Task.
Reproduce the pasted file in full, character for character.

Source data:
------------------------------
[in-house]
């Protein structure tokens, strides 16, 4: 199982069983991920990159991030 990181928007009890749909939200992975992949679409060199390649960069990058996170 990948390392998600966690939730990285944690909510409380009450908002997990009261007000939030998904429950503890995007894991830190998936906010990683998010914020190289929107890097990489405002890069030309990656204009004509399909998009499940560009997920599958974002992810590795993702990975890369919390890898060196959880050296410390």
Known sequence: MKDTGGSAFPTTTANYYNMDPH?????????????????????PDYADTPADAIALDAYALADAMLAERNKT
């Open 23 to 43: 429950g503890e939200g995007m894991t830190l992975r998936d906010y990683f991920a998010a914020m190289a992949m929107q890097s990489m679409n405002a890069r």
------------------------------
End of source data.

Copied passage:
[in-house]
């Protein structure tokens, strides 16, 4: 199982069983991920990159991030 990181928007009890749909939200992975992949679409060199390649960069990058996170 990948390392998600966690939730990285944690909510409380009450908002997990009261007000939030998904429950503890995007894991830190998936906010990683998010914020190289929107890097990489405002890069030309990656204009004509399909998009499940560009997920599958974002992810590795993702990975890369919390890898060196959880050296410390």
Known sequence: MKDTGGSAFPTTTANYYNMDPH?????????????????????PDYADTPADAIALDAYALADAMLAERNKT
């Open 23 to 43: 429950g503890e939200g995007m894991t830190l992975r998936d906010y990683f991920a998010a914020m190289a992949m929107q890097s990489m679409n405002a890069r």